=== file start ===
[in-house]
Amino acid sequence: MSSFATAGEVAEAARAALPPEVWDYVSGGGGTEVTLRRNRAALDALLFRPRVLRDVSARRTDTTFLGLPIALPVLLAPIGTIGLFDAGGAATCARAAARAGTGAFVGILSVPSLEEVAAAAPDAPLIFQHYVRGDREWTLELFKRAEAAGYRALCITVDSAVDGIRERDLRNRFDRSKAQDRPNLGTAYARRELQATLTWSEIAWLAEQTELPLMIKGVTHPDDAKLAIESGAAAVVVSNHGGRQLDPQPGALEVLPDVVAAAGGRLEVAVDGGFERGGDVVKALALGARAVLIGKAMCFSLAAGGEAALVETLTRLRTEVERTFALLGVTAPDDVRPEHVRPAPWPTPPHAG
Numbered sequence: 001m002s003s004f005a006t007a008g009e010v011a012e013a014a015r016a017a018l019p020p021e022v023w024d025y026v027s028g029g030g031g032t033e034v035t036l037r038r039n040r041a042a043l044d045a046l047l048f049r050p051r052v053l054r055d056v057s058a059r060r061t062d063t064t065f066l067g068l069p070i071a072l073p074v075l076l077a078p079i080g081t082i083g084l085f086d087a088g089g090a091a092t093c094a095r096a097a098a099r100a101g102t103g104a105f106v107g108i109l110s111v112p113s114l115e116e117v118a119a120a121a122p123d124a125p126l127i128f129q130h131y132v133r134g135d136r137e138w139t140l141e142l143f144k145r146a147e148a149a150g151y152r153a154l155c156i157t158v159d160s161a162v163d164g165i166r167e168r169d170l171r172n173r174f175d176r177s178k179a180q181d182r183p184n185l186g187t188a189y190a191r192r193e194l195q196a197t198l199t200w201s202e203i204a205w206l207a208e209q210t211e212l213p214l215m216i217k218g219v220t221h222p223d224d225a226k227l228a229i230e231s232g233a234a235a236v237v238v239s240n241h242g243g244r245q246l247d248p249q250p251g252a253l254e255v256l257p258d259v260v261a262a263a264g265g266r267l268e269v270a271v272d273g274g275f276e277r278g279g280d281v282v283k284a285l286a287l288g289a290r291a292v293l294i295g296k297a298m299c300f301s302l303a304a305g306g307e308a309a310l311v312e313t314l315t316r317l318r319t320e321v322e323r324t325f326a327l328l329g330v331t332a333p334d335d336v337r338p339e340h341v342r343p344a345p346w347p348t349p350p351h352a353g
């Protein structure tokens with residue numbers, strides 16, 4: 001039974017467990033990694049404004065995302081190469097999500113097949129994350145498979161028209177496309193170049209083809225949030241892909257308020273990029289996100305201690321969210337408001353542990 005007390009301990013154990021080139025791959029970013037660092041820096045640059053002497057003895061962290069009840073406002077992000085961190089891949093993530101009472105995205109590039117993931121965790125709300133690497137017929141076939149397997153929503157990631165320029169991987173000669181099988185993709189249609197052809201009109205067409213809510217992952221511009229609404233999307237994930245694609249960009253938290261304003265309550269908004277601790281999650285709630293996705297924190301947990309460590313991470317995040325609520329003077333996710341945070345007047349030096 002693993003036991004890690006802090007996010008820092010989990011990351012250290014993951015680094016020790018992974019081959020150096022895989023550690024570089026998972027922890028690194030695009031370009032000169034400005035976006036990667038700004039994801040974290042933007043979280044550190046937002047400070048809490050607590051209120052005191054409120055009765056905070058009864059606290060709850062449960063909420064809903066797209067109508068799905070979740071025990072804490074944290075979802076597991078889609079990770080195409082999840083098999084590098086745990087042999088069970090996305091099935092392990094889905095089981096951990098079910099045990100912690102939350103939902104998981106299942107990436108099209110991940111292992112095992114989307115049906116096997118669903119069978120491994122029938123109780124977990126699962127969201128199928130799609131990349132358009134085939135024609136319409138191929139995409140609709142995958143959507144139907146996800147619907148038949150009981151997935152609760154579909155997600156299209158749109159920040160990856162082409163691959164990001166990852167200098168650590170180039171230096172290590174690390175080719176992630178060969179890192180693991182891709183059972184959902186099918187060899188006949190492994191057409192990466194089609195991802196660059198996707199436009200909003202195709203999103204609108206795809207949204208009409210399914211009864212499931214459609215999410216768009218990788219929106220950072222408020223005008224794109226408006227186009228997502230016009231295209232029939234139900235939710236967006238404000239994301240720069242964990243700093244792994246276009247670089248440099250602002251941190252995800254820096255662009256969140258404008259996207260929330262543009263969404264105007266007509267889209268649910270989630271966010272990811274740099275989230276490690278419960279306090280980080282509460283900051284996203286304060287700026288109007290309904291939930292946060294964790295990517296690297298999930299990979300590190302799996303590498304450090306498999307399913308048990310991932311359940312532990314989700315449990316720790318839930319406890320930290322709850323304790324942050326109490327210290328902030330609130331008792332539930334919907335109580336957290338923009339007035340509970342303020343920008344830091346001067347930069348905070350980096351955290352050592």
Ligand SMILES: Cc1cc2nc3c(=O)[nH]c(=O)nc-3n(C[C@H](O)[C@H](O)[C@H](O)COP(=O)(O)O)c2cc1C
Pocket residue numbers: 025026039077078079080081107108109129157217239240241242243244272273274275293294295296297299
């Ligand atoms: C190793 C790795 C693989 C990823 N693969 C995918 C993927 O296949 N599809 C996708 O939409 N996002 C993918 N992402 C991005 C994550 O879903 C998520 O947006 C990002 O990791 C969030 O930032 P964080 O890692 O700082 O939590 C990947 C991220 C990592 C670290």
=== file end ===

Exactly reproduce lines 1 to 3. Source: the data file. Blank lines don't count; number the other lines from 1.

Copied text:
[in-house]
Amino acid sequence: MSSFATAGEVAEAARAALPPEVWDYVSGGGGTEVTLRRNRAALDALLFRPRVLRDVSARRTDTTFLGLPIALPVLLAPIGTIGLFDAGGAATCARAAARAGTGAFVGILSVPSLEEVAAAAPDAPLIFQHYVRGDREWTLELFKRAEAAGYRALCITVDSAVDGIRERDLRNRFDRSKAQDRPNLGTAYARRELQATLTWSEIAWLAEQTELPLMIKGVTHPDDAKLAIESGAAAVVVSNHGGRQLDPQPGALEVLPDVVAAAGGRLEVAVDGGFERGGDVVKALALGARAVLIGKAMCFSLAAGGEAALVETLTRLRTEVERTFALLGVTAPDDVRPEHVRPAPWPTPPHAG
Numbered sequence: 001m002s003s004f005a006t007a008g009e010v011a012e013a014a015r016a017a018l019p020p021e022v023w024d025y026v027s028g029g030g031g032t033e034v035t036l037r038r039n040r041a042a043l044d045a046l047l048f049r050p051r052v053l054r055d056v057s058a059r060r061t062d063t064t065f066l067g068l069p070i071a072l073p074v075l076l077a078p079i080g081t082i083g084l085f086d087a088g089g090a091a092t093c094a095r096a097a098a099r100a101g102t103g104a105f106v107g108i109l110s111v112p113s114l115e116e117v118a119a120a121a122p123d124a125p126l127i128f129q130h131y132v133r134g135d136r137e138w139t140l141e142l143f144k145r146a147e148a149a150g151y152r153a154l155c156i157t158v159d160s161a162v163d164g165i166r167e168r169d170l171r172n173r174f175d176r177s178k179a180q181d182r183p184n185l186g187t188a189y190a191r192r193e194l195q196a197t198l199t200w201s202e203i204a205w206l207a208e209q210t211e212l213p214l215m216i217k218g219v220t221h222p223d224d225a226k227l228a229i230e231s232g233a234a235a236v237v238v239s240n241h242g243g244r245q246l247d248p249q250p251g252a253l254e255v256l257p258d259v260v261a262a263a264g265g266r267l268e269v270a271v272d273g274g275f276e277r278g279g280d281v282v283k284a285l286a287l288g289a290r291a292v293l294i295g296k297a298m299c300f301s302l303a304a305g306g307e308a309a310l311v312e313t314l315t316r317l318r319t320e321v322e323r324t325f326a327l328l329g330v331t332a333p334d335d336v337r338p339e340h341v342r343p344a345p346w347p348t349p350p351h352a353g